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Scott G Winterton, Deseret News
Speed skater Shani Davis competes with other US skaters in the Long Track Championships Sunday, Dec. 30, 2012 at the Olympic Oval in Kearns Utah. Davis placed second with a time of 1:46.64.
I realized they had my best interest at heart. I'm just blessed to have been through the trials and tribulations I went through at a young age, because it helped me become a better athlete. —U.S. Olympic speed skater Shani Davis

KEARNS — Shani Davis didn't understand the value of an education until it threatened to end his athletic opportunities.

"I'll be honest, I wasn't interested in school," said the four-time Olympian who owns four Olympic medals, numerous world titles and two world records (1,000 and 1,500 meters). "I was more interested in speedskating. But when speedskating almost ended because of my academics, then I realized there was more to life than speedskating. I had to focus; I had to apply myself both in athletics and academics."

At 16, he'd moved far from his Chicago home to Lake Placid, N.Y., so he could find out just how good a speedskater he could be. Instead of training twice a week, he was able to train two hours every day.

That is, until speedskating officials came to him and told him his 2.2 GPA wasn't good enough.

"It kept me off the development team because my grade point average wasn’t high enough," said Davis, who won the 1,000 and was second in the 1,500-meter race in this weekend's U.S. long track championships. "I had to really focus if I wanted to go back on the development team."

And he did. Desperately.

"It was rough," said one of the sport's most iconic athletes."When that was threatened to be taken away from me due to my lack of academics, I really had to just focus, buckle down and become a really good student."

He said he took the discipline that helped him excel on the ice and applied it to school. He cut back on video games and even spent a little less time training so he could study more.

"These were things I was always in control of but I never really cared for until one of the other things was in jeopardy," he said.

Davis quickly brought his grades up and was allowed to rejoin his U.S. teammates on the development team.

Interestingly, the 30-year-old juggles college studies with his Olympic aspirations and hopes to someday help young people — maybe even in the classroom.

"I love children a lot," he said. "I think I would like to be a teacher, and I think that would go well with coaching."

He said he's planning to work with a charitable foundation that would help youngsters have opportunities to pursue their passions. Davis' path to the Olympic podium began at a roller skating rink before he'd even entered kindergarten.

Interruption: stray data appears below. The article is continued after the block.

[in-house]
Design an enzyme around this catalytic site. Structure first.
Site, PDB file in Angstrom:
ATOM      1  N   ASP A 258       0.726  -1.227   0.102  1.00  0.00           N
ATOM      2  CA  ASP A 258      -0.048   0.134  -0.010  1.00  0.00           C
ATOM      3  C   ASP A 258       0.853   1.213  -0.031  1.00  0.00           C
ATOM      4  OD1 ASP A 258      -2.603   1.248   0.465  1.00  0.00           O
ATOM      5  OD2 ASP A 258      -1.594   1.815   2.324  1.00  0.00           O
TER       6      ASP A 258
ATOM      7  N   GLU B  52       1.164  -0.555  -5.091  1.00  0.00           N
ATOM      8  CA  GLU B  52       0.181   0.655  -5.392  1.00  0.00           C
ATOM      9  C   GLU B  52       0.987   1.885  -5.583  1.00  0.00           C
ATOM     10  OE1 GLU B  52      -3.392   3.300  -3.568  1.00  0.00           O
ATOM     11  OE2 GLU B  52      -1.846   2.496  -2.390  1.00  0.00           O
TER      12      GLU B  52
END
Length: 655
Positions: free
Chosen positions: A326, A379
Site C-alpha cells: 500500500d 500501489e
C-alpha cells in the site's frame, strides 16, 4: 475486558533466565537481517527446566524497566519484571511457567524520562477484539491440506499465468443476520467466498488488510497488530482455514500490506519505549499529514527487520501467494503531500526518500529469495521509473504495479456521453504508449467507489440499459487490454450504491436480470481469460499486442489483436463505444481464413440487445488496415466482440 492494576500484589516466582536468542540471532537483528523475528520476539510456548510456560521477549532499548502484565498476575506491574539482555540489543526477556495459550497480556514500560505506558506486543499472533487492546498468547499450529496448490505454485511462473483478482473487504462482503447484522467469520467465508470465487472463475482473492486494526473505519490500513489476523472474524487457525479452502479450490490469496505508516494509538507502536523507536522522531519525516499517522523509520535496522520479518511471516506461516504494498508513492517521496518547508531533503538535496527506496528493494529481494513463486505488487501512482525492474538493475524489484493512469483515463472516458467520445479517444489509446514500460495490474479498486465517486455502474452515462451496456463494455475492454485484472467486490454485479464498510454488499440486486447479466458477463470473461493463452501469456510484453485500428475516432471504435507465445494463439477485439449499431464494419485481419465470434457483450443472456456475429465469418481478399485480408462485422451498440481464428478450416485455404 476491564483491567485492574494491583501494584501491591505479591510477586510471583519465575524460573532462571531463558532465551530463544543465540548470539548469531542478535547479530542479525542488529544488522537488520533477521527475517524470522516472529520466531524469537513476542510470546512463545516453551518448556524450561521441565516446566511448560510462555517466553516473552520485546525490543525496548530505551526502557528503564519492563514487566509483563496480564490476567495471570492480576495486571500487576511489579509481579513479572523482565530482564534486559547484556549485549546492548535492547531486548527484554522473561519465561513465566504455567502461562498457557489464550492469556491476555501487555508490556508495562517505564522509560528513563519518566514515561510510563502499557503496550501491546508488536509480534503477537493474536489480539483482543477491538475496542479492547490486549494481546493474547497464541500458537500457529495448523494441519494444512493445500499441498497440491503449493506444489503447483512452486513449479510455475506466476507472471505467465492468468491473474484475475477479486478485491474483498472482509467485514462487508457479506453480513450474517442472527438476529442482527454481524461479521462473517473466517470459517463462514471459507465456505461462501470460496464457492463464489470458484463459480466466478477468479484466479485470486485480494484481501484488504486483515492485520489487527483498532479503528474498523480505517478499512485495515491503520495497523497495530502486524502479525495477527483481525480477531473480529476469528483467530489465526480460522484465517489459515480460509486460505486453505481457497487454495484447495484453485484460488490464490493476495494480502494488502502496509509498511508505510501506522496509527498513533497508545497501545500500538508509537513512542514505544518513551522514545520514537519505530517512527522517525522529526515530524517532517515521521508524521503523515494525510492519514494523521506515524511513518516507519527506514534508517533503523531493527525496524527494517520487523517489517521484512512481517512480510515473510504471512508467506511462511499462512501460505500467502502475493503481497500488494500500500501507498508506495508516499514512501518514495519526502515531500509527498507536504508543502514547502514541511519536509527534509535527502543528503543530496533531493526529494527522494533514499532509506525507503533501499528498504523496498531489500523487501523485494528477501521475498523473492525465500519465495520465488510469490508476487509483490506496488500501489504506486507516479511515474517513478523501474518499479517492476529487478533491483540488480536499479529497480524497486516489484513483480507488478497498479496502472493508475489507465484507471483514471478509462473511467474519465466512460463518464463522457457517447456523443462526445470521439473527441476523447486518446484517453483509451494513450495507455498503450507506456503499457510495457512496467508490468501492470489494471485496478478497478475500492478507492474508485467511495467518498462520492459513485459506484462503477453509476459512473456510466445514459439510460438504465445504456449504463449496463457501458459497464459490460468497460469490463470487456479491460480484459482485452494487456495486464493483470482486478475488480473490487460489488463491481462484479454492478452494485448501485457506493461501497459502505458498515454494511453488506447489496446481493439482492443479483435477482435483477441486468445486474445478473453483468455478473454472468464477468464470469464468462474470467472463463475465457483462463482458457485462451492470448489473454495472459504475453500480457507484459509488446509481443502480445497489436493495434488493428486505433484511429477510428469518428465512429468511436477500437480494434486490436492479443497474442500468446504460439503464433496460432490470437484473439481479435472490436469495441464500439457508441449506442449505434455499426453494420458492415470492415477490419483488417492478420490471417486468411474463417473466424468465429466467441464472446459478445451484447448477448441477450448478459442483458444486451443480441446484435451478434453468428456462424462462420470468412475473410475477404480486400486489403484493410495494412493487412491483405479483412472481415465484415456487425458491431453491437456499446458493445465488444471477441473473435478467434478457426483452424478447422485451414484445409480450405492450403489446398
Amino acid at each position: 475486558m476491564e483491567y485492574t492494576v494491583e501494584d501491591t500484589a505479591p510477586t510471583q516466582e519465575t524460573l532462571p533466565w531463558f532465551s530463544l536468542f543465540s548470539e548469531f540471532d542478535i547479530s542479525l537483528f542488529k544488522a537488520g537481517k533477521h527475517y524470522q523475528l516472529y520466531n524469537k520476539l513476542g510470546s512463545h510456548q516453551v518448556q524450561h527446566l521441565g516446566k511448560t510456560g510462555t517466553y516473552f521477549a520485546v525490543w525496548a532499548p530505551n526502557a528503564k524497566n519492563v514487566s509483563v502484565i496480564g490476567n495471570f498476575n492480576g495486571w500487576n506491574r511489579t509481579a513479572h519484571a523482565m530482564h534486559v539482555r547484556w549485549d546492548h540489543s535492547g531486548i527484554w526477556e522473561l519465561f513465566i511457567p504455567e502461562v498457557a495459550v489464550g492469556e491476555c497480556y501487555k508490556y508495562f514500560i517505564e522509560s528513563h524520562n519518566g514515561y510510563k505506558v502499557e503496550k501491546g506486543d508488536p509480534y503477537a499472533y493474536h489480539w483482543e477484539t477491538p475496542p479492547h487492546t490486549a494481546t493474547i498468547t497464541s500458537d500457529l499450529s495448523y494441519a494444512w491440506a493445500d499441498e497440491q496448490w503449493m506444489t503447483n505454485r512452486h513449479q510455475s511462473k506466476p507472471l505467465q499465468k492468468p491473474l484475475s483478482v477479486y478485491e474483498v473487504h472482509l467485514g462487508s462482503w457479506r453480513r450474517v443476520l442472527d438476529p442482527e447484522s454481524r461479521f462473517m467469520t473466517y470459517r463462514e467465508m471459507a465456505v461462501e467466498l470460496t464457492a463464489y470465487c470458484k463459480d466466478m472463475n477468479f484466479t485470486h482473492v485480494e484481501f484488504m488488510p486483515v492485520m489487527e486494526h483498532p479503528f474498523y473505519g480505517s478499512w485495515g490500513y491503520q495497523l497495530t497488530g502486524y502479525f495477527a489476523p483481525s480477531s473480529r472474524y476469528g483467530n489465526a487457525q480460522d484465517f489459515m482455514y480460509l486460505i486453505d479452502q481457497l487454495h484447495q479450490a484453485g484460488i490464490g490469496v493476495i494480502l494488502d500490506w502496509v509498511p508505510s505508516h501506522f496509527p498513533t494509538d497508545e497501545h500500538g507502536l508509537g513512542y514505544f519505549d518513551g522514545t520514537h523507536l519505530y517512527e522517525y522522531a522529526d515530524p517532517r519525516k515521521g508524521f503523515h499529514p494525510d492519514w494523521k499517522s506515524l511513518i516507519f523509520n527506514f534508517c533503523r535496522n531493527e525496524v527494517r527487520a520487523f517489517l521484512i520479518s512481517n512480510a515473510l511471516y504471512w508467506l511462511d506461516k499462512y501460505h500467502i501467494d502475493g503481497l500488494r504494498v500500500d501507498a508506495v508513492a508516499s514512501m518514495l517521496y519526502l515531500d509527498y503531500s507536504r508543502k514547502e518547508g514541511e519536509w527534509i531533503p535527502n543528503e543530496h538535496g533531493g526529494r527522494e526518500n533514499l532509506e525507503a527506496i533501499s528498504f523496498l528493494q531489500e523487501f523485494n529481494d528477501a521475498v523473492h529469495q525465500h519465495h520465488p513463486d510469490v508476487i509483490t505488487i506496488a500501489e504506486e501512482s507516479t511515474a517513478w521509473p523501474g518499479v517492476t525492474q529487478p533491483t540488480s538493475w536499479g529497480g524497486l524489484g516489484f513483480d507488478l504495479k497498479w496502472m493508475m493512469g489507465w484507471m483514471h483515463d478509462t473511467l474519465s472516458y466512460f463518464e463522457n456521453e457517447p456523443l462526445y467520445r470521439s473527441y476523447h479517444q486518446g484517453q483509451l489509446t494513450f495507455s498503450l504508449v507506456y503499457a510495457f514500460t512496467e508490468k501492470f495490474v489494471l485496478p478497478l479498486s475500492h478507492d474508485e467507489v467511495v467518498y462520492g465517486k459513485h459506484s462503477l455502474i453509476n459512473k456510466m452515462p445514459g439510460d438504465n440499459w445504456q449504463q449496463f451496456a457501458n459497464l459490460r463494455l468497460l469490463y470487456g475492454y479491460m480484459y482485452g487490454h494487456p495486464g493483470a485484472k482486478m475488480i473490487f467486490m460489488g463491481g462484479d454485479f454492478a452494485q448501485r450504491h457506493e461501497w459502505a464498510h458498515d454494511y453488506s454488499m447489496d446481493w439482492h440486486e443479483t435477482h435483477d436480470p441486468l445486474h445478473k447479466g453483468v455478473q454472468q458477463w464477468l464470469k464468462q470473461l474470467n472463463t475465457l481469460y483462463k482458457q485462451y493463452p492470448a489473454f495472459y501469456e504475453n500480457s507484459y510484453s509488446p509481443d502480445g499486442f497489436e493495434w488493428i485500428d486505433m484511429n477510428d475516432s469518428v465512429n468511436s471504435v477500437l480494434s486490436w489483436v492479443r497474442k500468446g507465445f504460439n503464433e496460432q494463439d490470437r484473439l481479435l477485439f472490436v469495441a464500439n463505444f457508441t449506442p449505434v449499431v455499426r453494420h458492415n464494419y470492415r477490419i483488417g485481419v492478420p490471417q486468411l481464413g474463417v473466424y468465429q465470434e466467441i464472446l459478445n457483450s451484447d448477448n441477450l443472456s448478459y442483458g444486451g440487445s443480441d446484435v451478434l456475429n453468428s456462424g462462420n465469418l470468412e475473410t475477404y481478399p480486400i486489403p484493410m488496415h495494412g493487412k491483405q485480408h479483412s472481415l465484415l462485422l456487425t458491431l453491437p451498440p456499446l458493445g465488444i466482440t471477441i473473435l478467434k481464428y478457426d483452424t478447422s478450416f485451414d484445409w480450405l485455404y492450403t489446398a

His mom took him roller skating on the weekends so they could spend time together and to keep her active son engaged in productive activities. Davis swam, ran and participated in karate when he was young as sports were nearly always the carrot to behave in class.

It wasn't until his mom had several people, including her boss, suggest enrolling Davis in speedskating that she started looking into the sport she knew nothing about. The closest club was in Evanston, an hour from Davis' south-side Chicago home.

He said he was smitten the moment he saw speedskaters at the Evanston ice rink.

"Right away it caught me," said Davis with a grin. "I loved it. I saw kids going really fast. I wanted to go fast. It caught my imagination at a really young age."

He said speedskating is especially good for a young person because it requires commitment and hard work.

"It's an outlet," he said of how it could benefit youths. "It's something that occupies them; it's positive; it's healthy; and it's challenging. It's something you don't pick up and that you're good at right away. You have to put time into it."

He worked hard — even in class. If he misbehaved in class, it might cut into his time on the ice.

But it wasn't until high school when speedskating officials threatened to end his dreams of international competition that he saw the real value of schoolwork.

Looking back on that difficult moment in his life, he feels only gratitude for the adults who saw what he couldn't.

"It was enough to wake me up," he said. "It was like an alarm clock … I realized they had my best interest at heart. I'm just blessed to have been through the trials and tribulations I went through at a young age, because it helped me become a better athlete. It helped me organize, consolidate my time. It just made me more of an organized person."

Now 30, he relishes his time with fans, and he has a message for young athletes who'd rather train than study.

"I just tell them one hand washes the other," he said. "It's important to do both well. The unique thing about skating is that you don't get a scholarship to college for speedskating. But for some of the other sports like basketball, baseball and stuff like that, there have been a lot of talented athletes where I'm from, in Chicago, who didn't make it, and they're really talented, NBA-level talented, because academics got in their way. So you have to really make sure you prioritize what's important."

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